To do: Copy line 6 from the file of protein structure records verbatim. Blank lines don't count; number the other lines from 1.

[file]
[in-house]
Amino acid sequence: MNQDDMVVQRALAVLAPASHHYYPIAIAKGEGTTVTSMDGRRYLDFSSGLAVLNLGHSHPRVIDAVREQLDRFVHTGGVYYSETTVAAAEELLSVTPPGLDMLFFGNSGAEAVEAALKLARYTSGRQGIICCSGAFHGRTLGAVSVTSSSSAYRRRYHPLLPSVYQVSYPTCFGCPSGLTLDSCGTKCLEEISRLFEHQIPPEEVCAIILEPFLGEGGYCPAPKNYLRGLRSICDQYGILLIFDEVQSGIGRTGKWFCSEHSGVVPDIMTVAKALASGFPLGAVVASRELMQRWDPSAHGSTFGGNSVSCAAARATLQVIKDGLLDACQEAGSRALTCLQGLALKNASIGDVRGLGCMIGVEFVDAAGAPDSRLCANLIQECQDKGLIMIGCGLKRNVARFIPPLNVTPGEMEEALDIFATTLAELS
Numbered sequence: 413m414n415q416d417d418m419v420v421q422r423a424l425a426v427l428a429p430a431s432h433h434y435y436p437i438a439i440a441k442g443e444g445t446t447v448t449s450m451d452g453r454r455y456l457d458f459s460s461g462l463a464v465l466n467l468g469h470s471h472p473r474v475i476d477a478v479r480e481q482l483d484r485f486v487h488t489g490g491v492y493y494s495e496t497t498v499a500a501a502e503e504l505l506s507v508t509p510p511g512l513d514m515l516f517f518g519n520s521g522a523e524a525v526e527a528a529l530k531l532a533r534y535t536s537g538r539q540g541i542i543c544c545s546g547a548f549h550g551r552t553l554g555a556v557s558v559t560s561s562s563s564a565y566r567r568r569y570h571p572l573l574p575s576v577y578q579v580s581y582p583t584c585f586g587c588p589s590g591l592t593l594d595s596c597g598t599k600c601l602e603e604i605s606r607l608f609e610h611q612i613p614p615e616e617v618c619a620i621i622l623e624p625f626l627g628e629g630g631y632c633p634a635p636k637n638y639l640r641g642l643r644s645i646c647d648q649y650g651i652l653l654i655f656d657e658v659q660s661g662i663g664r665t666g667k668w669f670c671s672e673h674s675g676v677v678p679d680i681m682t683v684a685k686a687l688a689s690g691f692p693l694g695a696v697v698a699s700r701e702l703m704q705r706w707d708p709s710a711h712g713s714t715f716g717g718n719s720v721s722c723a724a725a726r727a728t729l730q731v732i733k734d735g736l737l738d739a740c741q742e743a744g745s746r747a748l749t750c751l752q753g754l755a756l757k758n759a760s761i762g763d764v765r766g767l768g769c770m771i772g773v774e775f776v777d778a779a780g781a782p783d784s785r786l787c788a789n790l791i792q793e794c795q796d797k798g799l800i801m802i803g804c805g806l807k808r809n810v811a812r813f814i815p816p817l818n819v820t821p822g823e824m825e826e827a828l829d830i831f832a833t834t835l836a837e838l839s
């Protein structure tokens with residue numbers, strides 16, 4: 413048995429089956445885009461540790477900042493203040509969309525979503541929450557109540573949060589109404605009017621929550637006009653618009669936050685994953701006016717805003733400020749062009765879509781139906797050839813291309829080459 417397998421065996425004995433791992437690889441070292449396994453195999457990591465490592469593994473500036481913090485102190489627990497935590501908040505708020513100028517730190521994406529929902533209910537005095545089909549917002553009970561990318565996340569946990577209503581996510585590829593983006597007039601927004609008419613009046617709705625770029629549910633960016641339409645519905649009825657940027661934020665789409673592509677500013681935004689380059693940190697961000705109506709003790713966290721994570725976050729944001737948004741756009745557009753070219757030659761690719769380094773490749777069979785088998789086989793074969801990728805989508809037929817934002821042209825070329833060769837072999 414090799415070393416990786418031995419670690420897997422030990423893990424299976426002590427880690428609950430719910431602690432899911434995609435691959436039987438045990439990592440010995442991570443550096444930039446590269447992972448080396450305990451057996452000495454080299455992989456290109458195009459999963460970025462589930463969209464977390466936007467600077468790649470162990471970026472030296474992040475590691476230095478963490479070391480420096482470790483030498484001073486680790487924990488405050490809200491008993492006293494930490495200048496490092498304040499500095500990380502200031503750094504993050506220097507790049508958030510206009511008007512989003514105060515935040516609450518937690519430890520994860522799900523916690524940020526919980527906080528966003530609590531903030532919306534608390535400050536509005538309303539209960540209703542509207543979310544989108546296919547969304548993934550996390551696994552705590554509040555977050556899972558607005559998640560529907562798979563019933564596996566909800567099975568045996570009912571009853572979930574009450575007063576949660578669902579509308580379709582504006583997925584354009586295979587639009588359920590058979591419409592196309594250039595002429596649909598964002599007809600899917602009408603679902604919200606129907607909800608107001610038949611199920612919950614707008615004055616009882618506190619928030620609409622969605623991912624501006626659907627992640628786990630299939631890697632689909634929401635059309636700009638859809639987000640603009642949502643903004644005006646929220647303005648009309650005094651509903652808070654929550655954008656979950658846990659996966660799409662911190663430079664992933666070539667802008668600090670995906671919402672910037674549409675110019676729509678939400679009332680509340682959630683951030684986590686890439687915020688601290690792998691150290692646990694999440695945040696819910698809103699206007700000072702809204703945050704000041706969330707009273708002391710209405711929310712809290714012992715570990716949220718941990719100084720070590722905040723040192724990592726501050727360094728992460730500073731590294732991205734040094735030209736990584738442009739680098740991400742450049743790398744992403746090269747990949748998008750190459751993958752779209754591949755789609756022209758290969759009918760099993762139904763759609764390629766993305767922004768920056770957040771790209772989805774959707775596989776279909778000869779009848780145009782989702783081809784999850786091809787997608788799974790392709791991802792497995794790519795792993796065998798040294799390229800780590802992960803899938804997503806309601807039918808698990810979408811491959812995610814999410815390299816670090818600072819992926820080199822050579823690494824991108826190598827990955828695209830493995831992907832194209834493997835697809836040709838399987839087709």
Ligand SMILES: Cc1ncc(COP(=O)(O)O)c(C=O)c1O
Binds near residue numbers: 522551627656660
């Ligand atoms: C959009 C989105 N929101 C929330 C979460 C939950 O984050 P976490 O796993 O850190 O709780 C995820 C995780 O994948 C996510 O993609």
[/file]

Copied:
Binds near residue numbers: 522551627656660